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    • "Such pathways contribute to their self-renewal and de-differentiation (Scheel et al, 2011), and they are potential targets for therapeutic intervention (Korkaya et al, 2011; Marotta et al, 2011). In this context, VEGF receptors expressed on breast carcinoma cells can mediate autocrine VEGF signalling that contributes to tumour initiation and progression (Bachelder et al, 2001, 2002, 2003; Bae et al, 2008; Bagri et al, 2009; Barr et al, 2005; Bates et al, 2003; Cao et al, 2008; Castro-Rivera et al, 2004; Gray et al, 2008; Hu et al, 2007; Lichtenberger et al, 2010; Matsushita et al, 2007; Mercurio et al, 2004). These findings challenge the notion that the function of VEGF in cancer is limited to its role in angiogenesis and that therapeutic approaches based on the inhibition of VEGF and its receptors target only this function (Ferrara, 2005). "
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    ABSTRACT: The characterization of cells with tumour initiating potential is significant for advancing our understanding of cancer and improving therapy. Aggressive, triple-negative breast cancers (TNBCs) are enriched for tumour-initiating cells (TICs). We investigated that hypothesis that VEGF receptors expressed on TNBC cells mediate autocrine signalling that contributes to tumour initiation. We discovered the VEGF receptor neuropilin-2 (NRP2) is expressed preferentially on TICs, involved in the genesis of TNBCs and necessary for tumour initiation. The mechanism by which NRP2 signalling promotes tumour initiation involves stimulation of the α6β1 integrin, focal adhesion kinase-mediated activation of Ras/MEK signalling and consequent expression of the Hedgehog effector GLI1. GLI1 also induces BMI-1, a key stem cell factor, and it enhances NRP2 expression and the function of α6β1, establishing an autocrine loop. NRP2 can be targeted in vivo to retard tumour initiation. These findings reveal a novel autocrine pathway involving VEGF/NRP2, α6β1 and GLI1 that contributes to the initiation of TNBC. They also support the feasibility of NRP2-based therapy for the treatment of TNBC that targets and impedes the function of TICs. → See accompanying article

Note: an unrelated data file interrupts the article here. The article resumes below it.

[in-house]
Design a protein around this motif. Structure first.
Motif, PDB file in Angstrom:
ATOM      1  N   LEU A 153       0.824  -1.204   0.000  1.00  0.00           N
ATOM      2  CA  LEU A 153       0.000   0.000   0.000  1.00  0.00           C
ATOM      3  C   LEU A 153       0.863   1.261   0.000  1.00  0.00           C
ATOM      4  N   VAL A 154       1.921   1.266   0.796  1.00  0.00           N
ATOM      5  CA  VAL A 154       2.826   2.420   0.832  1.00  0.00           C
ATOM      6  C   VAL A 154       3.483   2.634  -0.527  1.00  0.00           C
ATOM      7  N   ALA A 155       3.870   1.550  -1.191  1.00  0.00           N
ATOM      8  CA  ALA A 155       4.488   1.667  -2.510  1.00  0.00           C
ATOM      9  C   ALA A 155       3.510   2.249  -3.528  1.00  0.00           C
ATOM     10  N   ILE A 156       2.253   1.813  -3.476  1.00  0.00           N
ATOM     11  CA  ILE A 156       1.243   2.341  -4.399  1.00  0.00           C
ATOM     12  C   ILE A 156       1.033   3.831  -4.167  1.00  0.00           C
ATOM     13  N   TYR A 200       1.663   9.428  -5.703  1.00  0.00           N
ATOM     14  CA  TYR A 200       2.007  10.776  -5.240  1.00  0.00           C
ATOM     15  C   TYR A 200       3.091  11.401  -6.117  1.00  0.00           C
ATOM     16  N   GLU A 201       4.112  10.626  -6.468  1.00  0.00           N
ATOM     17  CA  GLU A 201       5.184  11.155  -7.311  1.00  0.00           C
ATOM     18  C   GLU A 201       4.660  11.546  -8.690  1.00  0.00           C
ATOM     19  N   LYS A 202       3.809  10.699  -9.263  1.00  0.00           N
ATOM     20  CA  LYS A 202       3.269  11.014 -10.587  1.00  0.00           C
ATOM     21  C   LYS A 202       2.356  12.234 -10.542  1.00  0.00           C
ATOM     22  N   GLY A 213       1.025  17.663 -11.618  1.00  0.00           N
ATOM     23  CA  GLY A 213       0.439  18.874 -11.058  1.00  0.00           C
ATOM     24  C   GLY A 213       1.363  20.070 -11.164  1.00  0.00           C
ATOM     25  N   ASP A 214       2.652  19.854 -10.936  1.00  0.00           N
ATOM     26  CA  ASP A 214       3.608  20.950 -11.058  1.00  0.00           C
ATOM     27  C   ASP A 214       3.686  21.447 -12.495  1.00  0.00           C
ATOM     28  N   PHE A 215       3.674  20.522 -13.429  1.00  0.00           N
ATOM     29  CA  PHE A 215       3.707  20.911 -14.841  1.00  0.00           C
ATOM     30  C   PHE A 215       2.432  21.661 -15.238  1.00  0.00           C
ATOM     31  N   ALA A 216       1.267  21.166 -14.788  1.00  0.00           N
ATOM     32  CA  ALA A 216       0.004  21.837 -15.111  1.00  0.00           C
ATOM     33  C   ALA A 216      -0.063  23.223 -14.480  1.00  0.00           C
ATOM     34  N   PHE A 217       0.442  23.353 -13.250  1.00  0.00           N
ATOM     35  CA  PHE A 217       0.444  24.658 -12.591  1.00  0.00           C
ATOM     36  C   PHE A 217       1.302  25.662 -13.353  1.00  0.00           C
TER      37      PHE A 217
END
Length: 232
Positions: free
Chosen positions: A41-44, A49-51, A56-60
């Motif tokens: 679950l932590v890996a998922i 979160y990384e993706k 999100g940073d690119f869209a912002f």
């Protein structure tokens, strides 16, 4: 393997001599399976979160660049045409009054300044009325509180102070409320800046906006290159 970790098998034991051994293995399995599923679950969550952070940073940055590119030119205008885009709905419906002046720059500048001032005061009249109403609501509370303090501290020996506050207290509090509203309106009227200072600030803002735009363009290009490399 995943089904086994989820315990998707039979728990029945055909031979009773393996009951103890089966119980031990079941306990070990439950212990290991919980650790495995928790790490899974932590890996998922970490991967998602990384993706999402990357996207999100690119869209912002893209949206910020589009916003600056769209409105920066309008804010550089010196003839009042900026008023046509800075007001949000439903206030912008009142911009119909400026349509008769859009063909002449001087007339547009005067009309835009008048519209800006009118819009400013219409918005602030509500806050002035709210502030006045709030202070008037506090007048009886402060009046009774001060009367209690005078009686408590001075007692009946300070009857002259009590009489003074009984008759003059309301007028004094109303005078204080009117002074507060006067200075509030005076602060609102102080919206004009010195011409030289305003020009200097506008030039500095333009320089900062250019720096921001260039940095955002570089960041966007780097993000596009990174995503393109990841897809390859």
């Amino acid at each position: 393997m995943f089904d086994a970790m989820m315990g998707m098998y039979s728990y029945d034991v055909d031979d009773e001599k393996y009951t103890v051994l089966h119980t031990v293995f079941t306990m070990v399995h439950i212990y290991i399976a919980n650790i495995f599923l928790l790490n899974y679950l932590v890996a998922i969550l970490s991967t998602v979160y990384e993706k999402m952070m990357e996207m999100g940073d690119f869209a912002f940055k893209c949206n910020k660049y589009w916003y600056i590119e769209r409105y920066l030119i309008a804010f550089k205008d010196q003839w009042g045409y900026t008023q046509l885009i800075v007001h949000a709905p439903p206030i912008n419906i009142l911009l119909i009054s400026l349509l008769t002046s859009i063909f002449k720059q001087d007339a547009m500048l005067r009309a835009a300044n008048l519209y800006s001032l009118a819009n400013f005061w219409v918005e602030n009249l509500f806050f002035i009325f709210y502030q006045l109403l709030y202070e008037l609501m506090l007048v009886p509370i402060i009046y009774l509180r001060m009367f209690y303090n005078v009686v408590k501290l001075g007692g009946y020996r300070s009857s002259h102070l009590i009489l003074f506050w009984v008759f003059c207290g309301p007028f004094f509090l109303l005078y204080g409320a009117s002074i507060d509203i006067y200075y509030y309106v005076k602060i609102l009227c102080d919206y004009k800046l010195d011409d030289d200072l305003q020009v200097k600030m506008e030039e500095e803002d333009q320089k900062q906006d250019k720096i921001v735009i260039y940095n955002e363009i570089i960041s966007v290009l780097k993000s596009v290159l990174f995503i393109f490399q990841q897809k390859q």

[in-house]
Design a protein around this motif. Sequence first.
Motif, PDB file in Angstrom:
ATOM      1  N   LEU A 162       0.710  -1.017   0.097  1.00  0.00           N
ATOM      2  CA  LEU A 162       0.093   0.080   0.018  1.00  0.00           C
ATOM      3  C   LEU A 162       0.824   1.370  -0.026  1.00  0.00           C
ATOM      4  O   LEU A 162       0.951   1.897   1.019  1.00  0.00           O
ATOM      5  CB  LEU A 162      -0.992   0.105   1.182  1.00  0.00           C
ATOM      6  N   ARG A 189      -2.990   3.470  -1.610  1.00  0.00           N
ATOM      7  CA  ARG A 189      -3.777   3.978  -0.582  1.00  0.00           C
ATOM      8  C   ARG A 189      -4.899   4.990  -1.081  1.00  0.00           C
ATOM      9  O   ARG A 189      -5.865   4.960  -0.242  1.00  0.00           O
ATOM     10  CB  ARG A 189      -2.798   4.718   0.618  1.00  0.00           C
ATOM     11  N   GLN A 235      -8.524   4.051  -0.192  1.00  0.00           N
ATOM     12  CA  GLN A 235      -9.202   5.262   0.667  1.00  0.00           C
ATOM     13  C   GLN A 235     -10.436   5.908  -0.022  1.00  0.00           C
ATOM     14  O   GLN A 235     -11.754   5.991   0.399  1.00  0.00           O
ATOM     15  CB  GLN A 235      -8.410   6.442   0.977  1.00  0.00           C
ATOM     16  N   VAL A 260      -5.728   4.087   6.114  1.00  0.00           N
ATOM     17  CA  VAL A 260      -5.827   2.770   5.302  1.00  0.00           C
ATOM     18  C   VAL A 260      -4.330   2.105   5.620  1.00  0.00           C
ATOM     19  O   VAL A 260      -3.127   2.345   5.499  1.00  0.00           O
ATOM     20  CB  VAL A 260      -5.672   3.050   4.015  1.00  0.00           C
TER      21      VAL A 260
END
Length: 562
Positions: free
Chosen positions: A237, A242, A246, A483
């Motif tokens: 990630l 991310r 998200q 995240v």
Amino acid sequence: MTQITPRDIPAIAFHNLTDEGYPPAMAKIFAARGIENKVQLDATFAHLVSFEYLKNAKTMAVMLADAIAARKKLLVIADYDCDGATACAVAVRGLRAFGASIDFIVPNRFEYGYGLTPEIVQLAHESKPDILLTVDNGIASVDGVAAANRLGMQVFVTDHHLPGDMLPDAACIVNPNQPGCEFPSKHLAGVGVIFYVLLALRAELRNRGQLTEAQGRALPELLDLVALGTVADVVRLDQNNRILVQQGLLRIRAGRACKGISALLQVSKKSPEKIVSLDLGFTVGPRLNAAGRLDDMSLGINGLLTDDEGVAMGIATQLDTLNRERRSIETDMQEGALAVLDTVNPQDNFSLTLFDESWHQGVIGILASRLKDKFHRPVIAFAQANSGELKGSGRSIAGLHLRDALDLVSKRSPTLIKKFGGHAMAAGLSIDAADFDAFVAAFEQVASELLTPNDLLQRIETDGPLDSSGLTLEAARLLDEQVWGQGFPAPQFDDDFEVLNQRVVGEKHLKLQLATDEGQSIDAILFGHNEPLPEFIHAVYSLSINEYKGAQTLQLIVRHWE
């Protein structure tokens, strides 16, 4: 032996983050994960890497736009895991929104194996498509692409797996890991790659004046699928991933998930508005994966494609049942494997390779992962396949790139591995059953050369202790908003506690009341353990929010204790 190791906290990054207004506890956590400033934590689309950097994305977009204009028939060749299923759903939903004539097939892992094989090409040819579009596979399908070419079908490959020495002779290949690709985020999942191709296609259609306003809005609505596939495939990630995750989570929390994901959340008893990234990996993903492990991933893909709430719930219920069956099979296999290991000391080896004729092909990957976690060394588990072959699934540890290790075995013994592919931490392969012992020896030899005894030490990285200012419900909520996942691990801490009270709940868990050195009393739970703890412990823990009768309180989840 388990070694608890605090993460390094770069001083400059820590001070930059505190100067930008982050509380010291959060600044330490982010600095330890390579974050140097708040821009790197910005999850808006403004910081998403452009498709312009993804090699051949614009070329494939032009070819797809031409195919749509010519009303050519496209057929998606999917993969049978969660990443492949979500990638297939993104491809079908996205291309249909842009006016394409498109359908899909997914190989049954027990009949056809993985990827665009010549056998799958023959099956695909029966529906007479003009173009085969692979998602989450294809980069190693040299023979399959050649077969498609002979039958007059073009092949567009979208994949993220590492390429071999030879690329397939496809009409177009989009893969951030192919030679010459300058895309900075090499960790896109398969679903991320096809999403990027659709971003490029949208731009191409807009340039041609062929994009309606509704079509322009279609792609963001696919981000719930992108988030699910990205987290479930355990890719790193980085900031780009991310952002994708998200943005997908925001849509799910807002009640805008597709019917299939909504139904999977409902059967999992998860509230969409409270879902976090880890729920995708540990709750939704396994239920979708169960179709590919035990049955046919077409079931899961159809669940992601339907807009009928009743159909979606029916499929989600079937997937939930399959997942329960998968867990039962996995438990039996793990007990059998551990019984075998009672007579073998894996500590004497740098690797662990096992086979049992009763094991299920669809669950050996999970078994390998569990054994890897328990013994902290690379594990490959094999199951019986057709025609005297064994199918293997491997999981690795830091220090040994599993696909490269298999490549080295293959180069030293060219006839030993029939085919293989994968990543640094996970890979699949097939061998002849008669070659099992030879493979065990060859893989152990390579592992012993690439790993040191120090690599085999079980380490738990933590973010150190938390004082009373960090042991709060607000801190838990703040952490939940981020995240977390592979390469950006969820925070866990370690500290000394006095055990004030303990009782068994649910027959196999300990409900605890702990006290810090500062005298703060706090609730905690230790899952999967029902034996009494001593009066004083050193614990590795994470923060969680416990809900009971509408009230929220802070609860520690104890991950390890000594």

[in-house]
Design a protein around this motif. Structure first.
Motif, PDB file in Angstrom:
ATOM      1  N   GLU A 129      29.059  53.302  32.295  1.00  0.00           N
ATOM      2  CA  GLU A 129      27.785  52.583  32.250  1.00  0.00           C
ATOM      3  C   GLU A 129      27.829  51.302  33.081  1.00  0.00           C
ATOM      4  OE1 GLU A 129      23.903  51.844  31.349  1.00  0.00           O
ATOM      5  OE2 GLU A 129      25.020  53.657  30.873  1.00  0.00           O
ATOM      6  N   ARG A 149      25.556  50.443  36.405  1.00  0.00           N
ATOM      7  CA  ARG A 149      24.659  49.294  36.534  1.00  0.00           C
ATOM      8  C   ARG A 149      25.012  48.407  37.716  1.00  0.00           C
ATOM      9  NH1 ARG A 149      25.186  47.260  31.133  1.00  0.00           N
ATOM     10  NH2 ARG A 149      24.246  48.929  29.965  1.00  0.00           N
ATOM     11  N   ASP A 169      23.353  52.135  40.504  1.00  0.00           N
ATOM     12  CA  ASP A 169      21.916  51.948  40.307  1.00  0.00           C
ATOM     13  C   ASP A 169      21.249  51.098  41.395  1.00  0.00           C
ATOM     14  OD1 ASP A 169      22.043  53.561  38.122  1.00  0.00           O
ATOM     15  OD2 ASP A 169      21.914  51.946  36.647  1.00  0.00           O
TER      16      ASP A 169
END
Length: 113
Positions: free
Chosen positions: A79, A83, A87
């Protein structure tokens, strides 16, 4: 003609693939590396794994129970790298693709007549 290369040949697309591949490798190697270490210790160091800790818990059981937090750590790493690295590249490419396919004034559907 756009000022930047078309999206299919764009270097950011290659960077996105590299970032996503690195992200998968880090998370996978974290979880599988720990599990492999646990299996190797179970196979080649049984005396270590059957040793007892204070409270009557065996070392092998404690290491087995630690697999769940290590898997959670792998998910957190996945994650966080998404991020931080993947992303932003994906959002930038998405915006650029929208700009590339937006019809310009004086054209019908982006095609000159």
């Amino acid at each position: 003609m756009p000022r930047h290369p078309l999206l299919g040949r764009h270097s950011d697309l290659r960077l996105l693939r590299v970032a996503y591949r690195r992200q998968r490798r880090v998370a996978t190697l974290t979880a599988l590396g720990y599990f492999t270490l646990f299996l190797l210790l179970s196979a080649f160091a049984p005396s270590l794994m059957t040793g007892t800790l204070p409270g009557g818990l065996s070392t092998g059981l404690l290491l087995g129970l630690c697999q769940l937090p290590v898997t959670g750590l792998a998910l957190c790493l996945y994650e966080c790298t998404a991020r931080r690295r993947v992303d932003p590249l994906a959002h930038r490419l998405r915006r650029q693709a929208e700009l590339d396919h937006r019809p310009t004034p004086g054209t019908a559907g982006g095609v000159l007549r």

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    • "Indeed, these chaperones are required for the stability and activity of a range of client proteins playing a critical role in signal transduction, cellular trafficking, chromatin remodeling, cell growth, differentiation, and apoptosis [18]. Furthermore, the expression changes measured for Hsp90, 14-3-3 and T-complex proteins easily associate with an apoptosis reduction [19,20,21,22,23,24,25], and the anti-apoptotic role of perthamide C is also confirmed by the level alteration of other proteins, as annexin 5, dihydropyrimidinase-related protein 2 and gelsolin, independent from the folding process but in any case implicated in the apoptosis regulation [26,27,28]. "